Art tells a story in a way words cannot. It embodies culture, it is transformative, it links the community to its own people and history. This is the mission of the Urban Arts Space, an Ohio State gallery located in the historic Lazarus building in downtown Columbus.
Spearheaded by the Arts Initiative, an umbrella organization that facilitates an array of on and off-campus opportunities for students, faculty and the community, the gallery is designed to serve as a “mechanism” for sharing art projects and research, said director of communications Erik Pepple.
“This art space is devoted to showcasing work, whether it’s Ohio State student-related, faculty work or nationally touring shows,” he said. “We serve as a connector, not just for the downtown to the university, but also providing a space for students, faculty and artists to share their work with the larger Columbus community.”
Once a year, the space has an open submission process that welcomes the Columbus community to submit proposals that are reviewed by a panel of experts, Pepple said.
The Urban Arts Space is currently showing a selection of pieces from the Frank W. Hale Jr. Black Cultural Center collection, an accumulation of 30 years’ worth of local art initiated by the former associate dean of Ohio State’s graduate school and civil-rights activist.
“This is an exhibit about African-American art and culture,” student tour assistant Emory Butcheck said. “Where it has been, where it is right now and where it’s going to be.”
All of the artists are connected to Ohio State or Columbus in one way or another, Butcheck said.
More than 240 pieces of the 600 piece collection selected for the Urban Arts Space gallery include Columbus art legends such as Aminah Robinson and Kojo Kamau, as well as Ohio State graduates, including Sharon Farmer and Queen Brooks, Pepple said.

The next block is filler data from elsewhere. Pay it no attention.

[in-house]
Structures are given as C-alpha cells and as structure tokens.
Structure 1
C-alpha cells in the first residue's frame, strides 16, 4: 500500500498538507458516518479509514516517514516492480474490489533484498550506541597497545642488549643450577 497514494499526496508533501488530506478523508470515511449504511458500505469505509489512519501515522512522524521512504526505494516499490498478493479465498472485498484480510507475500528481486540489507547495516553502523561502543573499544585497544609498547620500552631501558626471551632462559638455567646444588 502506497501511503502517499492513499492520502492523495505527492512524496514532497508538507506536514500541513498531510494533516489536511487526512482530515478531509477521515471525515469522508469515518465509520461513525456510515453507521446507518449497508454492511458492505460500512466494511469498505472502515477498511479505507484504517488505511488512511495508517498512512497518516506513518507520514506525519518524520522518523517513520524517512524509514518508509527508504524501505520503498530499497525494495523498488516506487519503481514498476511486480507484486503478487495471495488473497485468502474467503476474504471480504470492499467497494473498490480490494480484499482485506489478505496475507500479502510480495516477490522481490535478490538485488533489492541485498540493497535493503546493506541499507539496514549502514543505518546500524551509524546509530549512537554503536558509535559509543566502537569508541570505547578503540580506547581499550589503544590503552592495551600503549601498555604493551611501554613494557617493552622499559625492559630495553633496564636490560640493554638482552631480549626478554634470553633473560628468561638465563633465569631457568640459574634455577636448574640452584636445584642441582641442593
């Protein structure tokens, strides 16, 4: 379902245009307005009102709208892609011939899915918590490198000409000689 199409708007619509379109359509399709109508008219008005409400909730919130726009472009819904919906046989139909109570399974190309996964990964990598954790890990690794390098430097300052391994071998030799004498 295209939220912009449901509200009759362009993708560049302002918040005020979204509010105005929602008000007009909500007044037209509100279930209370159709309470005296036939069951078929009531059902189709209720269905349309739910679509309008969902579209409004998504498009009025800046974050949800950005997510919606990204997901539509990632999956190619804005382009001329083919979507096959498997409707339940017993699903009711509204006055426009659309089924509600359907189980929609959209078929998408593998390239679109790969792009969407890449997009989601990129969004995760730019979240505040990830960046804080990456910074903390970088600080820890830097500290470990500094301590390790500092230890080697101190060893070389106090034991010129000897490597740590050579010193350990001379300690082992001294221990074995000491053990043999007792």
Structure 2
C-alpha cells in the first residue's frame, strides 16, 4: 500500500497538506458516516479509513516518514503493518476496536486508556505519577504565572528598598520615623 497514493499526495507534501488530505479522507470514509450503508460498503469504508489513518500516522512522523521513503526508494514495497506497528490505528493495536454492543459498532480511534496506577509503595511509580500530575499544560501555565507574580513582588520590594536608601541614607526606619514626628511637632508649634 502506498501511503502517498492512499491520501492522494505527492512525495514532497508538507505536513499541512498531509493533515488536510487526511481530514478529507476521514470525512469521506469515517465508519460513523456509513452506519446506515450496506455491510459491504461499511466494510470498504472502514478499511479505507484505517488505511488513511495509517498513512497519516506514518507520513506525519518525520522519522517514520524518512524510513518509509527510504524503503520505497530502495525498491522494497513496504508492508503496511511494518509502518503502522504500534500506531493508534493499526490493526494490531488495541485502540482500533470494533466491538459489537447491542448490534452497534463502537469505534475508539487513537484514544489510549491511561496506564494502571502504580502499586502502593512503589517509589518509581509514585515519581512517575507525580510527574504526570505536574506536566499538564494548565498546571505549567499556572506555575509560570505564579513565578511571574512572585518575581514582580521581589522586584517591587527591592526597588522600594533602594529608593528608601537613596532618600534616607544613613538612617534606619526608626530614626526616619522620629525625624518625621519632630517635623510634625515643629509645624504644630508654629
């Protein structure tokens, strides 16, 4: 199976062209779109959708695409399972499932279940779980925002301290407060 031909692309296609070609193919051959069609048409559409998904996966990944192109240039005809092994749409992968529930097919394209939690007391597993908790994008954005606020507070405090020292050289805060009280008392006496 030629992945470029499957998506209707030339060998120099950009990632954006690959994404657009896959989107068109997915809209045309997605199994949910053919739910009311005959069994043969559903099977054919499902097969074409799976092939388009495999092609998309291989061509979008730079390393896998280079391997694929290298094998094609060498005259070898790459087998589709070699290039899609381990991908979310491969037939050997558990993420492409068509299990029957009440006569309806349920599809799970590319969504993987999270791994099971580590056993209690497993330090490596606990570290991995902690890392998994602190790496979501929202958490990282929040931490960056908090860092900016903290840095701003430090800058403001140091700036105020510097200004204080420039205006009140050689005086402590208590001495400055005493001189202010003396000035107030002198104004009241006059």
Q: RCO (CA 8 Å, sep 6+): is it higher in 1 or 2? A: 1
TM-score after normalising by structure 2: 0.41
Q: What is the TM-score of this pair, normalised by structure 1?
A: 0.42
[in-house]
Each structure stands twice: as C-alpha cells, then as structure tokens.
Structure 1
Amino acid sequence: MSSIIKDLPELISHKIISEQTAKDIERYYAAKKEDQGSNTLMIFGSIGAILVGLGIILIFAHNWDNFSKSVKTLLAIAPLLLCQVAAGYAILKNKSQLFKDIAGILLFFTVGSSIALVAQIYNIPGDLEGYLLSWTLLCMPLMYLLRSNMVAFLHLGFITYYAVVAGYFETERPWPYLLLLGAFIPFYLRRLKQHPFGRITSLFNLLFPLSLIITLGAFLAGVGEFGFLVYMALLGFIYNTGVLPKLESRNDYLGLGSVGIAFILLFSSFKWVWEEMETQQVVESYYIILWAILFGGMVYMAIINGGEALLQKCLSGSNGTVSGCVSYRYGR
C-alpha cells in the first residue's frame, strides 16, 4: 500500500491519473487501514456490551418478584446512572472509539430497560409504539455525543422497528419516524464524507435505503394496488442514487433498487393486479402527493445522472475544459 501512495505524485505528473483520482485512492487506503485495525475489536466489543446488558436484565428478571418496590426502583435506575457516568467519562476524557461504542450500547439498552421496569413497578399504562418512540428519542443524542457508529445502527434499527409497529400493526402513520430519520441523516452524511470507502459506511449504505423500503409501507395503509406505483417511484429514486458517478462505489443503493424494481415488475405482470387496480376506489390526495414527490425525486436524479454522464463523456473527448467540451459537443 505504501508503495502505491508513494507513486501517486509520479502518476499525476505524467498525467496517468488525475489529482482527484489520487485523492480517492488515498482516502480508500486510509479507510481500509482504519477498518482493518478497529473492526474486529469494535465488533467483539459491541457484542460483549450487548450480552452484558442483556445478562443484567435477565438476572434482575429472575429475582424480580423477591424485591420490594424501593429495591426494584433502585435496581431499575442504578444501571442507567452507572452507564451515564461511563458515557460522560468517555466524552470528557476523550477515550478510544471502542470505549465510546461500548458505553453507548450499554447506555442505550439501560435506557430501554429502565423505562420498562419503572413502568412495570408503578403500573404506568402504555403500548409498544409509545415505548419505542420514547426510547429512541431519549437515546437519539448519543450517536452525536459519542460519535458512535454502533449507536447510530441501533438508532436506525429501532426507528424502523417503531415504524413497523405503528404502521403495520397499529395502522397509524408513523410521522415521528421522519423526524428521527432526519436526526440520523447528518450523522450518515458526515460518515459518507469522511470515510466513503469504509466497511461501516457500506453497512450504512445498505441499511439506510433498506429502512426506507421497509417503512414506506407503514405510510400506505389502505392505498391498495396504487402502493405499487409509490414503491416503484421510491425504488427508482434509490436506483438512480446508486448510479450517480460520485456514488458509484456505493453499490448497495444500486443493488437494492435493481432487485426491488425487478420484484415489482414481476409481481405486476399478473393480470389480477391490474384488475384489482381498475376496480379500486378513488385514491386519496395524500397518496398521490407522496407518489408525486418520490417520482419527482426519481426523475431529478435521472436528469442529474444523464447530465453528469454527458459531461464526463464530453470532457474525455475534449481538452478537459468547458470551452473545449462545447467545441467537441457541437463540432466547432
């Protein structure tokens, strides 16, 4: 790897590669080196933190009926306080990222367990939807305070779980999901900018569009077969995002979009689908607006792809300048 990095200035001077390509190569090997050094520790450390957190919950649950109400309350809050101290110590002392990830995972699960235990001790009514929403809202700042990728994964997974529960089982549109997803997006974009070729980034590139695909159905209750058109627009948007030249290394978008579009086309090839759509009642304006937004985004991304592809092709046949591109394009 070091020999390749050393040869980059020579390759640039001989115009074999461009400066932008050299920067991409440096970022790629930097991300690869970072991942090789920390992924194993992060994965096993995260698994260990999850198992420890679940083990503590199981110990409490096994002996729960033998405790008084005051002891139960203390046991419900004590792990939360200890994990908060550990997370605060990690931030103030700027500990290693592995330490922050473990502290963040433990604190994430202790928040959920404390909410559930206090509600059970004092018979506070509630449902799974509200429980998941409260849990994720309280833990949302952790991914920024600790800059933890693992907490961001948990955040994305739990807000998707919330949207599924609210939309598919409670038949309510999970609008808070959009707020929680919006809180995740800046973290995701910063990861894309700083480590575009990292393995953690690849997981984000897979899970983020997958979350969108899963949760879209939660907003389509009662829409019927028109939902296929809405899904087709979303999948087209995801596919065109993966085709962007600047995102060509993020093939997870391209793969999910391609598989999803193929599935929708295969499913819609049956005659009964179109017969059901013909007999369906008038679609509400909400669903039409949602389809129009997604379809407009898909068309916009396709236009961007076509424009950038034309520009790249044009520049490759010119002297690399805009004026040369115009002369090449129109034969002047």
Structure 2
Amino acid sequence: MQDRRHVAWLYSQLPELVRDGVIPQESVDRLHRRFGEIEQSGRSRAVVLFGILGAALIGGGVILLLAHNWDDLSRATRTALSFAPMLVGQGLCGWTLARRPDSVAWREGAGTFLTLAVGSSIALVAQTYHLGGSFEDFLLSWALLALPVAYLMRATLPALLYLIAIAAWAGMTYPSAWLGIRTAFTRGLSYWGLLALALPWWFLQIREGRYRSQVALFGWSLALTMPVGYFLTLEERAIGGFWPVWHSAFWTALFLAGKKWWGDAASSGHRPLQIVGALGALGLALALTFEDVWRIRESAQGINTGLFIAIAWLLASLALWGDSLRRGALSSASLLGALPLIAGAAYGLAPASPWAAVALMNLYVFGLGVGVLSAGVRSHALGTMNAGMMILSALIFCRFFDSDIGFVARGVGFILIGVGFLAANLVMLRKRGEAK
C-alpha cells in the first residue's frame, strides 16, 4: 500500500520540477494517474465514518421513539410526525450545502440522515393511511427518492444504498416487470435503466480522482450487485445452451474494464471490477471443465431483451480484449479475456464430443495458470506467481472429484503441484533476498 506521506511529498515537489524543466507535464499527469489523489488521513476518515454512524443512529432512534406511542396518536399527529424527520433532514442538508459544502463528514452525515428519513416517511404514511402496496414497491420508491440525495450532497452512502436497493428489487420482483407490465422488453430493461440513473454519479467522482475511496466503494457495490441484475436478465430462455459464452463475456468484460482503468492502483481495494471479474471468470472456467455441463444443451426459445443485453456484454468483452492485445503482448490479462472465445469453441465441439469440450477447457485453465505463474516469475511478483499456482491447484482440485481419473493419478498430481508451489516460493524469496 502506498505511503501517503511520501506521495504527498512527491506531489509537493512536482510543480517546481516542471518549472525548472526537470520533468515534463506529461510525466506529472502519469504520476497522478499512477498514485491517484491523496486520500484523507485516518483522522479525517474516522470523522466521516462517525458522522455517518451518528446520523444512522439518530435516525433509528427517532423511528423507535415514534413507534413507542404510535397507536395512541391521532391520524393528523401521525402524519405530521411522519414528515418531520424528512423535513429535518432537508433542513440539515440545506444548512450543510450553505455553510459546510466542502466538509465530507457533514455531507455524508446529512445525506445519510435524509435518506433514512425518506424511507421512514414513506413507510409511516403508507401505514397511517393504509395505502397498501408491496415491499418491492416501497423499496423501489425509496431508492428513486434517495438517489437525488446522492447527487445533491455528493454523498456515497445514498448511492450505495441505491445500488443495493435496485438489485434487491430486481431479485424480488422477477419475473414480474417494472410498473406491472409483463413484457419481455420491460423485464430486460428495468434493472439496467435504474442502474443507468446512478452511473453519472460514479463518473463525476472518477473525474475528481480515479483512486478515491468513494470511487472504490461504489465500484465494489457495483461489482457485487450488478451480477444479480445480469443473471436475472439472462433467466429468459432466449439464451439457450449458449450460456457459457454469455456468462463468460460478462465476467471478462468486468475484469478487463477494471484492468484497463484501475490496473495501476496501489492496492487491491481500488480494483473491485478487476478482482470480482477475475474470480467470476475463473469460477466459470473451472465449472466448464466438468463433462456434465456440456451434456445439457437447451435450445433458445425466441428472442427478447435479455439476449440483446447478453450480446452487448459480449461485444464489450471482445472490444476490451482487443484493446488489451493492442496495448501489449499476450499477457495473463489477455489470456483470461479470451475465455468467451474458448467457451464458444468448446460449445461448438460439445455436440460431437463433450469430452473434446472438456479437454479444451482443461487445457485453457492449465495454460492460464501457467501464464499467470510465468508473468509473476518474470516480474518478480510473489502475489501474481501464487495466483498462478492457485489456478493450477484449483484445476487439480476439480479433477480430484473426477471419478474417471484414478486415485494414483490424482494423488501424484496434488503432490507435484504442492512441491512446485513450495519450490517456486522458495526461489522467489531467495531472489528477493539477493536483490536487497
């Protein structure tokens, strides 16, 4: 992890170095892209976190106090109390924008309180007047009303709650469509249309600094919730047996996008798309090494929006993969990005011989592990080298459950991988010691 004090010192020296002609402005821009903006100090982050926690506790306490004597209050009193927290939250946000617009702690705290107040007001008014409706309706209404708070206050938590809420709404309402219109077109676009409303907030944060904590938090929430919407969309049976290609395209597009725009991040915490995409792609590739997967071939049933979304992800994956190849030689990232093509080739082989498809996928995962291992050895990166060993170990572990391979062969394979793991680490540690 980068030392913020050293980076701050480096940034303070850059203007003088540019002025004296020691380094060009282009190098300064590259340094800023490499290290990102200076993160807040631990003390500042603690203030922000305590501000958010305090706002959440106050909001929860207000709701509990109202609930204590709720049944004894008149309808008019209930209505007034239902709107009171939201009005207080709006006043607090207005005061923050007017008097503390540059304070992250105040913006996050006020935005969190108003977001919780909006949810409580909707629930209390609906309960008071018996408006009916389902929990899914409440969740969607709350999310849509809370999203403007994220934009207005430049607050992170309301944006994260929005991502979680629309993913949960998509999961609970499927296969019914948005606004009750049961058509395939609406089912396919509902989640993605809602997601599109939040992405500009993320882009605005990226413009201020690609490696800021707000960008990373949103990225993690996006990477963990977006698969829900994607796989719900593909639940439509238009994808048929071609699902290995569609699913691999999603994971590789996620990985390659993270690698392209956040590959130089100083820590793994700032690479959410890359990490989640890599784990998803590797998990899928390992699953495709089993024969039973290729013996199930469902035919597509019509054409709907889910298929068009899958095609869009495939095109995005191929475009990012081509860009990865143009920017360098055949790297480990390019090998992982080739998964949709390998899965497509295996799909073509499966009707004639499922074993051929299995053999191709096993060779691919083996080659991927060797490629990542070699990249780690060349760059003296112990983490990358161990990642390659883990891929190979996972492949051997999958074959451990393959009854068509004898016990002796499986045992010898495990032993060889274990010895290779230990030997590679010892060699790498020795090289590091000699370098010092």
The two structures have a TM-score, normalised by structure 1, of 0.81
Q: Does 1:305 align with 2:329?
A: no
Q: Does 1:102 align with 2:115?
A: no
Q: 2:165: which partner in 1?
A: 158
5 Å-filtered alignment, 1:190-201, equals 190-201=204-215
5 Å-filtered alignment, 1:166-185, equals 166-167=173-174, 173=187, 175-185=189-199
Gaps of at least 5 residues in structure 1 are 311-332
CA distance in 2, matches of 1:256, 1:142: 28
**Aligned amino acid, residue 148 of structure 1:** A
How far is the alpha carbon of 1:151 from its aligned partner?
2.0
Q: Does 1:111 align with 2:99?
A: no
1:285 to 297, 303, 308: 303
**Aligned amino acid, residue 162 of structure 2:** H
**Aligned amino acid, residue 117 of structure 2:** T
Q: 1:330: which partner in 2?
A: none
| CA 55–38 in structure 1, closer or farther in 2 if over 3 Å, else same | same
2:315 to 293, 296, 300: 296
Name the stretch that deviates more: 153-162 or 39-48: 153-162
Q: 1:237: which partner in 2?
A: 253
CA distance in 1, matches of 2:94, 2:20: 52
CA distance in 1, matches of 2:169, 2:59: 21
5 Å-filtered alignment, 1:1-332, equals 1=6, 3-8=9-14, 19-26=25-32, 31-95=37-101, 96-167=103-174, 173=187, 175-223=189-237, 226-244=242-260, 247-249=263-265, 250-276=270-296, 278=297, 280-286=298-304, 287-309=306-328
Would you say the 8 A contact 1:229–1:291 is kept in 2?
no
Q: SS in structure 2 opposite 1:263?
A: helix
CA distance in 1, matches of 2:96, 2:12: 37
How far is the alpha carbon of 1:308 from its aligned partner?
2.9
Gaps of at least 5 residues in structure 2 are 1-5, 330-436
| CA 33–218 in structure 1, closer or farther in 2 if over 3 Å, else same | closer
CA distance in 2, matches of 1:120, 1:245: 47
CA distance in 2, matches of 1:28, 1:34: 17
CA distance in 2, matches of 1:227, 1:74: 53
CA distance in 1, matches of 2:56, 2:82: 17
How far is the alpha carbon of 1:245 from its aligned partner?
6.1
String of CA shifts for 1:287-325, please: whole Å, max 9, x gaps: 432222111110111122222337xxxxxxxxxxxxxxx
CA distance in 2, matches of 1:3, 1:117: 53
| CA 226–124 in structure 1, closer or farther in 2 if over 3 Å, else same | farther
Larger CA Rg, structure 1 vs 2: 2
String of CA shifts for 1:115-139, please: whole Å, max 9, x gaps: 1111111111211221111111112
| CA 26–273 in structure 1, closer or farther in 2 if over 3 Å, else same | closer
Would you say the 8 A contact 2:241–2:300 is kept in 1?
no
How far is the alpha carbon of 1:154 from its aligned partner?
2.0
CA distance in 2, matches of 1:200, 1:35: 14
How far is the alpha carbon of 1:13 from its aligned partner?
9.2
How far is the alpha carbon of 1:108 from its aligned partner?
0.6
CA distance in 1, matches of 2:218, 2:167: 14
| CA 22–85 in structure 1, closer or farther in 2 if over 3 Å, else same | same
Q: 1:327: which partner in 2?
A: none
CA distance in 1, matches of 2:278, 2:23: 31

It’s a look into the past and current African-American art scene in Columbus, as well as a glimpse into art history, Columbus history and Ohio State history from the civil-rights movement to now, Butcheck said.
“A lot of the work has not been exhibited publicly,” Pepple said. “This is a great chance for folks who are not just interested in art history, but Columbus history, to see these works by these extraordinary talents in a gallery setting for the first time.”
The Urban Arts Space also illustrates the talent Ohio State manufactures, Pepple said.
“You’re going to get an amazing sense of the kind of work being done by students and faculty,” Pepple said. “A good look at what Ohio State is producing and creating a conversation about it.”
The gallery also offers public programs such as “Crafternoons” for children and art explorations, an interactive art education series that allows the community to create art in a community setting, Pepple said.
Community engagement is what it’s all about, Butcheck said.
“We’re glad to be a part of the Ohio State and Columbus community,” Pepple said. “Hopefully people will hop on the [COTA’s No. 2 Bus] from campus and check out what we have to offer.”
The Ohio State Urban Arts Space is free of admission and open year-round to the Columbus community.